It was unthinkable five months ago that Carlos Delgado would have a future with the New York Mets. He hit .232 through the season's first two months with eight homers and 25 RBI. Given his customary awful defense, that wasn't enough to justify a $12 million option for the 2009 season. There was even talk that the Mets would make an in-season move to replace a player who looked like he wasn't just over the hill, he had crashed into the bottom of it.
Delgado came back, though, and pounded NL pitching for the remainder of the season. His turnaround coincided, some would say not coincidentally, with the departure of Willie Randolph from the Met dugout. The last month it wasn't uncommon to hear chants of "MVP" when he came to the plate at Shea Stadium. He wasn't the MVP but he turned in a darn fine season, which led the Mets to exercise that option this morning.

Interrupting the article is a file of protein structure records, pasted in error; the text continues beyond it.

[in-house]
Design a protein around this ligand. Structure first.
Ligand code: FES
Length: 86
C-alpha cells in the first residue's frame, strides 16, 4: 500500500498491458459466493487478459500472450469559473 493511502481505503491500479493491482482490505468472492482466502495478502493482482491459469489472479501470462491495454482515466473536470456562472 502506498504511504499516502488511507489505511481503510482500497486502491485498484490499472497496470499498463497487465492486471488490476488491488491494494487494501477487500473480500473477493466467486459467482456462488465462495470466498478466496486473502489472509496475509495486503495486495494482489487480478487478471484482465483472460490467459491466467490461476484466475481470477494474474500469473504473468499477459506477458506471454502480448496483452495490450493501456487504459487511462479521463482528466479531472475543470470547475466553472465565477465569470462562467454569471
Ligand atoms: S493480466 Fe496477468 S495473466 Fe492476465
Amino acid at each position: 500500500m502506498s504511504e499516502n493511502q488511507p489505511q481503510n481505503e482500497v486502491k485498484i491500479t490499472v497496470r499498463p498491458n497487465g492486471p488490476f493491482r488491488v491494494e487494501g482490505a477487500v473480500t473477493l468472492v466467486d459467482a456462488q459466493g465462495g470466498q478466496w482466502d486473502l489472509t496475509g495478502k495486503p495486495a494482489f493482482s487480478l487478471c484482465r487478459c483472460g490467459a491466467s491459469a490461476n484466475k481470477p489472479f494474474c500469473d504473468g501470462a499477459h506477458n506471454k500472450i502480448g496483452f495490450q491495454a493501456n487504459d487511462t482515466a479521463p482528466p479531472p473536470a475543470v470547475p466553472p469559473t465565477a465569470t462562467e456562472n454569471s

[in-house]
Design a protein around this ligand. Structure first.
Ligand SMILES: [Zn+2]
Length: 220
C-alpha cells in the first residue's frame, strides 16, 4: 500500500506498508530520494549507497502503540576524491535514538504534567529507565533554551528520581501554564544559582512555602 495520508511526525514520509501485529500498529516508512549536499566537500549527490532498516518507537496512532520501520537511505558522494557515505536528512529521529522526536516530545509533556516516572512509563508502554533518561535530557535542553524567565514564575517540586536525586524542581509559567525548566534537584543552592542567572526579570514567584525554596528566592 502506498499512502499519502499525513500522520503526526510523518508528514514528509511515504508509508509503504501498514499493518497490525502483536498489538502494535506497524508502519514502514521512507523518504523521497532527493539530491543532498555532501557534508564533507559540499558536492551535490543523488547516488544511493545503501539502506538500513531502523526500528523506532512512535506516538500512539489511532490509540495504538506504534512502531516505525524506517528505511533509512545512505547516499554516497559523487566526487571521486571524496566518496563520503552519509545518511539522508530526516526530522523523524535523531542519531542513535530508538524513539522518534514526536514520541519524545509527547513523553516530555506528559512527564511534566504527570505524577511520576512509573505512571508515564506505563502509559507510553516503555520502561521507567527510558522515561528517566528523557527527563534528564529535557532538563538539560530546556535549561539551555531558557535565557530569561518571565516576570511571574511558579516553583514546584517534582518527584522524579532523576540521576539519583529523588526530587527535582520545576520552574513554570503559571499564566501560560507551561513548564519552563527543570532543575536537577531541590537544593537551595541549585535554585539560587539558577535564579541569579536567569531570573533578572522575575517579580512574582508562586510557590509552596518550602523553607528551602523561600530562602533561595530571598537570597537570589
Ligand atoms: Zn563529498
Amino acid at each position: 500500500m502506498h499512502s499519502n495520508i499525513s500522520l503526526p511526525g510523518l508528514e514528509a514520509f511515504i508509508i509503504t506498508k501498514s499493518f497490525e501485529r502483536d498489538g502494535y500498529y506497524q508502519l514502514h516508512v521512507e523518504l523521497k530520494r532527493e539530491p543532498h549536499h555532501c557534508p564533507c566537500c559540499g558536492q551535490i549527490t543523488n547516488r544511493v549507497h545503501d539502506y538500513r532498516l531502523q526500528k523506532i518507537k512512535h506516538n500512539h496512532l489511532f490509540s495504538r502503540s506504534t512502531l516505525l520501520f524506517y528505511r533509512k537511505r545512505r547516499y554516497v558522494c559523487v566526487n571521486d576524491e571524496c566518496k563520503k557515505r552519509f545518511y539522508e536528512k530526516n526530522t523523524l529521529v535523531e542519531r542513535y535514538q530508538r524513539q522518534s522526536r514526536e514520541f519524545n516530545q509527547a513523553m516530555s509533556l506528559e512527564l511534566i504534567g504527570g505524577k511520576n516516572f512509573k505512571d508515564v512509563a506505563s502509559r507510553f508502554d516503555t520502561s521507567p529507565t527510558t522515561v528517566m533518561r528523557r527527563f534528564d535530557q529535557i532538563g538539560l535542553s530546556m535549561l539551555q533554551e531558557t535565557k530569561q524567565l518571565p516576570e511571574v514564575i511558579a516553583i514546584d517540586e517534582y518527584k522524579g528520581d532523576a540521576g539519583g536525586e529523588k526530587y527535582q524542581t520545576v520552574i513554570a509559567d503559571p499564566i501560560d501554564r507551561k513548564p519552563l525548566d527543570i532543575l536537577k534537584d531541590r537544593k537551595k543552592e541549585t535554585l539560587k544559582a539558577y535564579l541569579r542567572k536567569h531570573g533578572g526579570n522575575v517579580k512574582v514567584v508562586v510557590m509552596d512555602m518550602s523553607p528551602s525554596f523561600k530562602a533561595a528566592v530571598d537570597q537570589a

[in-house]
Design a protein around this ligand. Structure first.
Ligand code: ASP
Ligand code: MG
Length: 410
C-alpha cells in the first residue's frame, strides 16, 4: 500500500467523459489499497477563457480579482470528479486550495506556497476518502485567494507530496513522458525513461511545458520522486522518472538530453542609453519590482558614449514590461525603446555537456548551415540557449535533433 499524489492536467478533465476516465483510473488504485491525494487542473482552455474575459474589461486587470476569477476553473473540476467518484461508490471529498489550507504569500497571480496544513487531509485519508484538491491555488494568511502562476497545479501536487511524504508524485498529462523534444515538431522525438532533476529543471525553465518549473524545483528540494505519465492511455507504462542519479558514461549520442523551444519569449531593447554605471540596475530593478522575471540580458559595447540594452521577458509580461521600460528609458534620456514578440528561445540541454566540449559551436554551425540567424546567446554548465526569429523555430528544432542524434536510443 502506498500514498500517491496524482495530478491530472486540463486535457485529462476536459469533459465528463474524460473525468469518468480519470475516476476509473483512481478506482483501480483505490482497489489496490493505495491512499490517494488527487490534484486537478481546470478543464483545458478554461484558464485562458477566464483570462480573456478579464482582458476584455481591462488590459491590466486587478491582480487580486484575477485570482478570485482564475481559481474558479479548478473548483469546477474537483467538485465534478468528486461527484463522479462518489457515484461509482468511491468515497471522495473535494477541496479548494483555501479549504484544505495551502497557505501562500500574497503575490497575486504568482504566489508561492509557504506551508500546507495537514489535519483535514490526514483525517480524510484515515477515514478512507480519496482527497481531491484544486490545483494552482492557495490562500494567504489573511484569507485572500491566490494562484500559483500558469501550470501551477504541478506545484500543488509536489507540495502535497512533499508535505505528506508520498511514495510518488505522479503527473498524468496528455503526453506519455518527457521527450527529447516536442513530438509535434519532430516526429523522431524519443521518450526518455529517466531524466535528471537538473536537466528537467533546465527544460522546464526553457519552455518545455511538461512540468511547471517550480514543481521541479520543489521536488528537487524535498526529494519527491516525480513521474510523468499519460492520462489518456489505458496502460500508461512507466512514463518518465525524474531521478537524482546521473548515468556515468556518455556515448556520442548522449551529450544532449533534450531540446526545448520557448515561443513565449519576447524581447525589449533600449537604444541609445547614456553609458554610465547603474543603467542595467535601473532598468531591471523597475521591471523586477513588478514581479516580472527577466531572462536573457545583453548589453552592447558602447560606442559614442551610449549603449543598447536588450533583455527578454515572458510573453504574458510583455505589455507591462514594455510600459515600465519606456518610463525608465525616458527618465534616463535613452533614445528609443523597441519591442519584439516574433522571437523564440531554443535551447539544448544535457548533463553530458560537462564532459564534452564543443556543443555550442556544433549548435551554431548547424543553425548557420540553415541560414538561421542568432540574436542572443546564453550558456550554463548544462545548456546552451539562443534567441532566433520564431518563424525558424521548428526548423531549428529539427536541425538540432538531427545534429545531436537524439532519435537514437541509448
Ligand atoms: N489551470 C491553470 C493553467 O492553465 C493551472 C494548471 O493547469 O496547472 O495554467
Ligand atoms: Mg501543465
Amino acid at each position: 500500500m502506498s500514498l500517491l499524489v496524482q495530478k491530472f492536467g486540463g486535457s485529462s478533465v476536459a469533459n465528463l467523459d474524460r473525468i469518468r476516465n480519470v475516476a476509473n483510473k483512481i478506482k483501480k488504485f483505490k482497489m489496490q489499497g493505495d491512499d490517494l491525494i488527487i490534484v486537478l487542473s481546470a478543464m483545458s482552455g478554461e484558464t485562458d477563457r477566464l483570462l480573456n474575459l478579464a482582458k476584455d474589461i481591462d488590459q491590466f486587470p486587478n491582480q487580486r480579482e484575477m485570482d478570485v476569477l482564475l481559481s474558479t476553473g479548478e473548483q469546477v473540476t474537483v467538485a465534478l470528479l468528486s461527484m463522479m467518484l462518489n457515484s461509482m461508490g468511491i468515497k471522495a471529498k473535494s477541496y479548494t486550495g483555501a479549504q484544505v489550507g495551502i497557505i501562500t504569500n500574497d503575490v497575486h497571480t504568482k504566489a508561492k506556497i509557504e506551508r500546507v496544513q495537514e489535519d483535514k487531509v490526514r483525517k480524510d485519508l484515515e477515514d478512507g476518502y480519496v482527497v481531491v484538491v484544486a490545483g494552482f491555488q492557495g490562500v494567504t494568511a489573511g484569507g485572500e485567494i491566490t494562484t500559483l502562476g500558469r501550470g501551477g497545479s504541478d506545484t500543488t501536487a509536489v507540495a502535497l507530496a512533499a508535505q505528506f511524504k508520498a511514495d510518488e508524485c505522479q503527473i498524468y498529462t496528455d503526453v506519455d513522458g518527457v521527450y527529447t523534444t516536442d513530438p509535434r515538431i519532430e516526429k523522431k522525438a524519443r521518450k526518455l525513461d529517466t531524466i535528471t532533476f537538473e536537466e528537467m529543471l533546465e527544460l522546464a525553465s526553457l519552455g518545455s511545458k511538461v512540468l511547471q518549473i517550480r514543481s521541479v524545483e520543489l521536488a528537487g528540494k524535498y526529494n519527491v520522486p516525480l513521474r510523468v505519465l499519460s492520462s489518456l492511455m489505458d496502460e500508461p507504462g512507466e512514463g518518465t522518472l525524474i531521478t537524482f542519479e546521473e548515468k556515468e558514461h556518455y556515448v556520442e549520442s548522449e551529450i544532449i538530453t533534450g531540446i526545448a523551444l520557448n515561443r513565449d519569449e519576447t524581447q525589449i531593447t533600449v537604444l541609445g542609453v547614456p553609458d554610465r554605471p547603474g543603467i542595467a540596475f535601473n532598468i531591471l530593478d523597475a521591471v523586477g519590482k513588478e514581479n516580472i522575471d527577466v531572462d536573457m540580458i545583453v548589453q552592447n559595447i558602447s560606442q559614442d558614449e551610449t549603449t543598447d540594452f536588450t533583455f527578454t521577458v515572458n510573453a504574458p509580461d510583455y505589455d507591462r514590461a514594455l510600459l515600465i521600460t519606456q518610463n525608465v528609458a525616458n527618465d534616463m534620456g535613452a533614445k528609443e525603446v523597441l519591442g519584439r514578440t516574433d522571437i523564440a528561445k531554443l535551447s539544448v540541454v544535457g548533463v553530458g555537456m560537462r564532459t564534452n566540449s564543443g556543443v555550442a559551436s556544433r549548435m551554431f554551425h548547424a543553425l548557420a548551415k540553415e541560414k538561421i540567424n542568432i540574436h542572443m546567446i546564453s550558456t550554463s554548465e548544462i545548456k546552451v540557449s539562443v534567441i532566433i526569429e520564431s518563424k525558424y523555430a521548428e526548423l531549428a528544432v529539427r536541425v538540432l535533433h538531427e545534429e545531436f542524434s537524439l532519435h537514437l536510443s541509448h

That option doesn't guarantee he'll be back with the team in '09. $12 million is a very reasonable salary for a player who produced Delgado's line in 2008. The Mets could try to do what the Yankees did a few years back when they traded Gary Sheffield after exercising his option. That would enable them to get a little younger or get a little deeper in the bullpen while getting rid of a player who can be a bit prickly, just as Sheffield was with the Yankees.
That choice will depend on what else is out there for the team at first base. Losing Delgado would hurt a lineup that's already got question marks in the outfield corners, and that salary is just as reasonable for them as it is for other teams. If they sign someone like Adam Dunn or Pat Burrell, however, it's a good bet that Delgado will be playing elsewhere next April.